Two of Bulgaria's biggest banks have been under pressure this week from insolvency rumors. The country's central bank has alleged there is a malicious media campaign to discredit its banks.
Bulgaria's government claims shadowy figures are responsible for the collapse of one of the country's biggest banks - and are attempting to bring down the rest of the country's banking system by stirring panic.
Bulgarian National Bank Governor Ivan Iskrov released a statement saying that in recent days, there had been "an attempt to destabilize the country through an organized attack on Bulgarian banks... carried out by means of an epidemic of rumors and malicious public statements."
A central bank spokeswoman was unable to tell DW who might be behind the purported attack, or what the attackers' motivations might be. She said the interior ministry had launched an investigation to try to shed light on these issues. The ministry refused comment.
The accusations come in the wake of the insolvency of Corpbank, the country's fourth-largest bank, last Friday (20.6.2014). Media reports of suspect dealings led to a run on deposits that caused the central bank to take control.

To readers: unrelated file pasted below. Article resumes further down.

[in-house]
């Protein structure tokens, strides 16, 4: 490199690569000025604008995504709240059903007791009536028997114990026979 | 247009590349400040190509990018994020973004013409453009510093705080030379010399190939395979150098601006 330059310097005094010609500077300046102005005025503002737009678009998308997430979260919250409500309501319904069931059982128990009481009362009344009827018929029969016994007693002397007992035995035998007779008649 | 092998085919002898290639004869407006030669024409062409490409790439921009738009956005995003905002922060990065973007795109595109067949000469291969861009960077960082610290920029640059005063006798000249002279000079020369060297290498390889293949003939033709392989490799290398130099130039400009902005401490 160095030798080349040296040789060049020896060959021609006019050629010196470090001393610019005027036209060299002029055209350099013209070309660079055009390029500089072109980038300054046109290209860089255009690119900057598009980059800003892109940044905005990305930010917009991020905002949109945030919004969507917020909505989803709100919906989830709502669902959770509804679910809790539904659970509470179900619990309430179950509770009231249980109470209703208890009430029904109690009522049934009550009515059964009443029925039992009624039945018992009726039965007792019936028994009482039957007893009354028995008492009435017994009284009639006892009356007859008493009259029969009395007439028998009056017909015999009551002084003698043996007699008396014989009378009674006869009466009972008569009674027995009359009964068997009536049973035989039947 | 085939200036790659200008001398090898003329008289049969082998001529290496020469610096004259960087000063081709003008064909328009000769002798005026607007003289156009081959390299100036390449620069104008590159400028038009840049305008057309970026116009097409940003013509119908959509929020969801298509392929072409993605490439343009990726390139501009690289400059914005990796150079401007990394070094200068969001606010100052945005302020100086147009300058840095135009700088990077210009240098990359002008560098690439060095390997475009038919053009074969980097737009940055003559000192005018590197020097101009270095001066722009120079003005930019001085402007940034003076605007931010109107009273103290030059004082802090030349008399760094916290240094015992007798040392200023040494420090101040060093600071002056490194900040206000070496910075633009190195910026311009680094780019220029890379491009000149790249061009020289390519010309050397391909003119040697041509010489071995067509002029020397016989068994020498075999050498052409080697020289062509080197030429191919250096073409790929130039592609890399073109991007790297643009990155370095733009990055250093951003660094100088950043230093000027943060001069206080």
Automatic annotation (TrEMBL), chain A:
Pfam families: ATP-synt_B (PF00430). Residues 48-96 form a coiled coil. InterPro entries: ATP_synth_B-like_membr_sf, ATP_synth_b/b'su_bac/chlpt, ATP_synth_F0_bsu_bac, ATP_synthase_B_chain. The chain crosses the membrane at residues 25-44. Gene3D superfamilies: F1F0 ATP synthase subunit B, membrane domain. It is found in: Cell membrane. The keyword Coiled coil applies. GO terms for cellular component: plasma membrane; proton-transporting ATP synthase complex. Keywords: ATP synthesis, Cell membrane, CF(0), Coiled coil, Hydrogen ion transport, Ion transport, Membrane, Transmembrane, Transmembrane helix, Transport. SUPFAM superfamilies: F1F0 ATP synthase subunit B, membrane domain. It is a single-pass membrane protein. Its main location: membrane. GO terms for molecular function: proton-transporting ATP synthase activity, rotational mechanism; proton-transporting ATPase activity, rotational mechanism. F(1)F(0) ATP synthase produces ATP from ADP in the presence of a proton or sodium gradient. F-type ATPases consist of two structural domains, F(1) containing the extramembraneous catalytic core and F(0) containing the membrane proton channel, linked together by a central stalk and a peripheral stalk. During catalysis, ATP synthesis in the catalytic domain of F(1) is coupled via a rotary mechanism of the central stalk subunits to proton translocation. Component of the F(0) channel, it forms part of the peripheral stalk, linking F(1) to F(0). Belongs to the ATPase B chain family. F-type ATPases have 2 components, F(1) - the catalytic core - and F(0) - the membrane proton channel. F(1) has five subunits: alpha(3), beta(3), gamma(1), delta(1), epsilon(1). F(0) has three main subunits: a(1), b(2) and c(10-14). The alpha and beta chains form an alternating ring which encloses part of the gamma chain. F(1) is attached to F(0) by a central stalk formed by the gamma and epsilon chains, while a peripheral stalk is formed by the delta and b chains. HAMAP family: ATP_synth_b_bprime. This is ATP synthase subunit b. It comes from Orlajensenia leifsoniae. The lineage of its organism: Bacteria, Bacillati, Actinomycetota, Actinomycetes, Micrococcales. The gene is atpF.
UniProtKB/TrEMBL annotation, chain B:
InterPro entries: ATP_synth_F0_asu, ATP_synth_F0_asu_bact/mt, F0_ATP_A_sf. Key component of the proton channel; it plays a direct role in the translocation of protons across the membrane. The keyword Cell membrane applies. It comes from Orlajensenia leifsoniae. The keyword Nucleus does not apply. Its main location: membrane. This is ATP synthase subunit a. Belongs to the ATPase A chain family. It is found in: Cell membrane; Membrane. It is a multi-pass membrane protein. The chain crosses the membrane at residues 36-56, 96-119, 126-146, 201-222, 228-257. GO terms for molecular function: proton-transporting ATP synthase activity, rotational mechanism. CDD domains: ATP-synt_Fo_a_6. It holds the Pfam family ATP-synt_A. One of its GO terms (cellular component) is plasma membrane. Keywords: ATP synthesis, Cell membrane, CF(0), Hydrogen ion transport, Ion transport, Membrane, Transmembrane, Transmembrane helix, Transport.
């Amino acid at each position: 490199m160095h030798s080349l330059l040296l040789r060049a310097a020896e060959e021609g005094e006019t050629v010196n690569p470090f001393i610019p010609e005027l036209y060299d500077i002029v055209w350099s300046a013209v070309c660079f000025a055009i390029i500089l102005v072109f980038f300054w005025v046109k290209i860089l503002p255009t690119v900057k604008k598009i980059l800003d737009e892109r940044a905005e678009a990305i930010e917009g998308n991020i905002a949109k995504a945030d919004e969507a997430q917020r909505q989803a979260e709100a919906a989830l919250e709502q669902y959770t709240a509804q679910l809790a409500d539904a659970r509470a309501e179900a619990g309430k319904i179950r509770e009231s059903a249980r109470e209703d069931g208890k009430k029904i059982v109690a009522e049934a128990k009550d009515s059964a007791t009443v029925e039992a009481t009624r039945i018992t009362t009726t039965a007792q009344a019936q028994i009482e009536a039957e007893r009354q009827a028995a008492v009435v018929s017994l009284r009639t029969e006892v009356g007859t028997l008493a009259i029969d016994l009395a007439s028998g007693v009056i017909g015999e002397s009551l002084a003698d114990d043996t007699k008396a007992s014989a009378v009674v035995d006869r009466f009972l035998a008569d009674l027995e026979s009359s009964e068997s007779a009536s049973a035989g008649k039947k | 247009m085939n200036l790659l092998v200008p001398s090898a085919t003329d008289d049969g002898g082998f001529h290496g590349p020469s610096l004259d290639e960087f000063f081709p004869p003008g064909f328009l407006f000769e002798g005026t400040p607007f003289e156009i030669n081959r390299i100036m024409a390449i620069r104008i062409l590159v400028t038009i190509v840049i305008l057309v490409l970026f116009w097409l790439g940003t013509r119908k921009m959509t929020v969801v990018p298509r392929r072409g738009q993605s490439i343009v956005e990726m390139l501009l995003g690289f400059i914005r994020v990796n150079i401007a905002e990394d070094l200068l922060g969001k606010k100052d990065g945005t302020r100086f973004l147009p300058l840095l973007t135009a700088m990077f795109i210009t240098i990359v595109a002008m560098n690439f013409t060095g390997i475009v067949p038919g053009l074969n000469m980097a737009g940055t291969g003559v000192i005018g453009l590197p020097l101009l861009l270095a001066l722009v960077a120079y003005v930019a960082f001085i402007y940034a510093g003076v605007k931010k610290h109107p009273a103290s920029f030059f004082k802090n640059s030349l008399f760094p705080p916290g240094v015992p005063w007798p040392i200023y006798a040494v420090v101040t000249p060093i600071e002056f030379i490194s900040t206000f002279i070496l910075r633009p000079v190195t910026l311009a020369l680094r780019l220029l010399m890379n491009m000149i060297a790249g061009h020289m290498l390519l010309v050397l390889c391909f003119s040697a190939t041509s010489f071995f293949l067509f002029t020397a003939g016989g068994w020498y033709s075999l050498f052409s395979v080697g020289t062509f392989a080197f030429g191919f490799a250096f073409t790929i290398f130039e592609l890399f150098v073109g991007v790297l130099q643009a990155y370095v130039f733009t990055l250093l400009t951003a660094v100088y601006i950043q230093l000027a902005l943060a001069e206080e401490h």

The central bank said it would appoint receivers to clean up Corpbank's balance sheet so that it can be relaunched on July 21. The government guarantees clients' deposits, but Corpbank's owners lost out, as its shares are now worthless.
Big banks tend to have complex debts and obligations to other big banks, which makes the failure of any large bank a potential threat to the stability of the wider financial system. That's what motivated the central bank to step in last Friday - and to emphasize that Corpbank's problems were isolated.
But now, rumors of unknown provenance are circulating that First Investment Bank, Bulgaria's third-largest bank, may be in trouble as well. The central bank insists this is untrue, but even baseless rumors can push a healthy bank over the edge if they cause large numbers of fearful depositors to rush to withdraw cash in excess of the bank's own reserves.
Following appeals by the central bank, Prime Minister Plamen Oresharski attempted to reassure depositors, saying they had no cause for alarm. Interior Minister Tsvetlin Yovchev said the government would investigate attempts to destabilize the banking system. But the source of Bulgaria's rumors is still unclear.